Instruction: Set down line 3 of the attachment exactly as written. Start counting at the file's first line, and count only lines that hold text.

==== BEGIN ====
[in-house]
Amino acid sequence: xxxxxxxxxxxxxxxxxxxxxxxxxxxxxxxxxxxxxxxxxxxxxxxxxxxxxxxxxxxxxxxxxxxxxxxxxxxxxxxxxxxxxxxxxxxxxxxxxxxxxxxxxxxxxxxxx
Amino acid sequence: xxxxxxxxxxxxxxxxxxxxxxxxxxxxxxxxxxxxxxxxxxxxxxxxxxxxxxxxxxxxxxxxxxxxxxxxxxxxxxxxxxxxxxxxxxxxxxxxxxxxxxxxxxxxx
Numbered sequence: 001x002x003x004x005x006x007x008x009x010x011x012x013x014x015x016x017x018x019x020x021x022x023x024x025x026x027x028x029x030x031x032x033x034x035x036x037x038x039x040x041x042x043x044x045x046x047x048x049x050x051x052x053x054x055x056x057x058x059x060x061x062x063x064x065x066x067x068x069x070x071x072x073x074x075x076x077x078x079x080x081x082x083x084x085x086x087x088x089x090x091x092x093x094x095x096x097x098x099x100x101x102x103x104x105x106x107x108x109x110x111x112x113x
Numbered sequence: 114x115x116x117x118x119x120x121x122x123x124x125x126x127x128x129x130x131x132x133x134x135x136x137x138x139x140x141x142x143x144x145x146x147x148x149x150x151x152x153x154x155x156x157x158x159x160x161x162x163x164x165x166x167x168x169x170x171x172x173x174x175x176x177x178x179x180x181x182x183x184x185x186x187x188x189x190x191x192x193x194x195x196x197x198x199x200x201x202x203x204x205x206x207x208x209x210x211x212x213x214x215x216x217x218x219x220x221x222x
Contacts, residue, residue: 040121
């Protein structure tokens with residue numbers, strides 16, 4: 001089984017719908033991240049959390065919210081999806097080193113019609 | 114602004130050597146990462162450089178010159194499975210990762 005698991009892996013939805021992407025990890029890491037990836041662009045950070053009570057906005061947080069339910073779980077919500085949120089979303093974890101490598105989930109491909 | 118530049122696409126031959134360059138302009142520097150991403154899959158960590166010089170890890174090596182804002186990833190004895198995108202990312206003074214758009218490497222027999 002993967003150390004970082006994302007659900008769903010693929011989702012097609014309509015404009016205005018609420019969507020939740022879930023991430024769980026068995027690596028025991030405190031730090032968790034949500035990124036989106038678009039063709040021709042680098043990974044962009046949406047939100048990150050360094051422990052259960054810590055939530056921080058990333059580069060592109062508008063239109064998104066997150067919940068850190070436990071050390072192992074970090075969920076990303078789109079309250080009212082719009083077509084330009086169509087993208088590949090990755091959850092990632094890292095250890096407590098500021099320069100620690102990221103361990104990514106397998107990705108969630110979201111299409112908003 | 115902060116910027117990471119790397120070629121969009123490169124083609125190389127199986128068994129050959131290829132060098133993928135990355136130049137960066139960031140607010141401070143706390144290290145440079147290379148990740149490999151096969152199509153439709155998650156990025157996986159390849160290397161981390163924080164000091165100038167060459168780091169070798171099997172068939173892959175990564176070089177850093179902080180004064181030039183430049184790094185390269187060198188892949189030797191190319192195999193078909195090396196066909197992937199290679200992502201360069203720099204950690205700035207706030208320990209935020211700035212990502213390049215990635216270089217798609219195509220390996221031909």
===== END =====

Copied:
Amino acid sequence: xxxxxxxxxxxxxxxxxxxxxxxxxxxxxxxxxxxxxxxxxxxxxxxxxxxxxxxxxxxxxxxxxxxxxxxxxxxxxxxxxxxxxxxxxxxxxxxxxxxxxxxxxxxxx